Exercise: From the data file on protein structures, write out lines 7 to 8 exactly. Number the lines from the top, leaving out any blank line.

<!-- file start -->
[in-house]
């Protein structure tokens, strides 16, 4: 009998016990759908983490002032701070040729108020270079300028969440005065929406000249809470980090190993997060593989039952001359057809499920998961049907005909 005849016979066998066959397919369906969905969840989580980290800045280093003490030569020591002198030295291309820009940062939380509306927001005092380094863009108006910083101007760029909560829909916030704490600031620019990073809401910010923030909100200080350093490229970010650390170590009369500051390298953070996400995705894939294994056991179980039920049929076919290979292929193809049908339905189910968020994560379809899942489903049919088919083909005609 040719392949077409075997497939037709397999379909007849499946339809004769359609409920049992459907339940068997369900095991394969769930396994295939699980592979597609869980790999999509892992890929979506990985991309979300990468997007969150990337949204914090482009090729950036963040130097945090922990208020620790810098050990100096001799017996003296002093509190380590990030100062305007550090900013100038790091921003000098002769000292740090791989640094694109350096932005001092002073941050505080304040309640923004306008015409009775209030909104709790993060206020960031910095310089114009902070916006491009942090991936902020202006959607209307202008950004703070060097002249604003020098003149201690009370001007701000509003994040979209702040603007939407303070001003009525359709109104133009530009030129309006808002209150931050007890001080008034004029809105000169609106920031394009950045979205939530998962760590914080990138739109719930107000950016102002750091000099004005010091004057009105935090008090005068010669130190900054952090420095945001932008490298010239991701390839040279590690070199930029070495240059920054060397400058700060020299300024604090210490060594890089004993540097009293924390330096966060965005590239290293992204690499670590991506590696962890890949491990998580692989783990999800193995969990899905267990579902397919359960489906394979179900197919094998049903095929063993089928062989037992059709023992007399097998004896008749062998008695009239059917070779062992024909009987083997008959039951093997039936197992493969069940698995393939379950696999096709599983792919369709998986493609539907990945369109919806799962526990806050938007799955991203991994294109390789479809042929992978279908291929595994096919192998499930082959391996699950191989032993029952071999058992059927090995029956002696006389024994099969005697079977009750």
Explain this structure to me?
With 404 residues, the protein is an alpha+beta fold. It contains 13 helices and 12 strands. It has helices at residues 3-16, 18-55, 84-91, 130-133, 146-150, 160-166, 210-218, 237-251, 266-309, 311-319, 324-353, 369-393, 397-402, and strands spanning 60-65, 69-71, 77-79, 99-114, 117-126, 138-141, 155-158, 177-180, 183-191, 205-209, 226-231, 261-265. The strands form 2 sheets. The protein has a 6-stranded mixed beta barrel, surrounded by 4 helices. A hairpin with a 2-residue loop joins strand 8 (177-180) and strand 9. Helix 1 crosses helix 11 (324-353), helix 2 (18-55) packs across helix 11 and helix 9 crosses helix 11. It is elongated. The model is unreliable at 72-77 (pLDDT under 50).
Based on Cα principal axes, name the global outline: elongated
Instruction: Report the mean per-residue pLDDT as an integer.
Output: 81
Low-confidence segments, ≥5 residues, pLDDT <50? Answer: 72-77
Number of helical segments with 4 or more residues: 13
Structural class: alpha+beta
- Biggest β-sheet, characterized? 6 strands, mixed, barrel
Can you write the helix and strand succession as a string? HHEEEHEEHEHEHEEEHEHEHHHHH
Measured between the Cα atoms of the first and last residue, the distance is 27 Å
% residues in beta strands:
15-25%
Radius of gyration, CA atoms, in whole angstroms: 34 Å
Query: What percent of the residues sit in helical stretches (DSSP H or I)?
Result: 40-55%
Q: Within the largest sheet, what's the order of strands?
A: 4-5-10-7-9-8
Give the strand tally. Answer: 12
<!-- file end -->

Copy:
Output: 81
Low-confidence segments, ≥5 residues, pLDDT <50? Answer: 72-77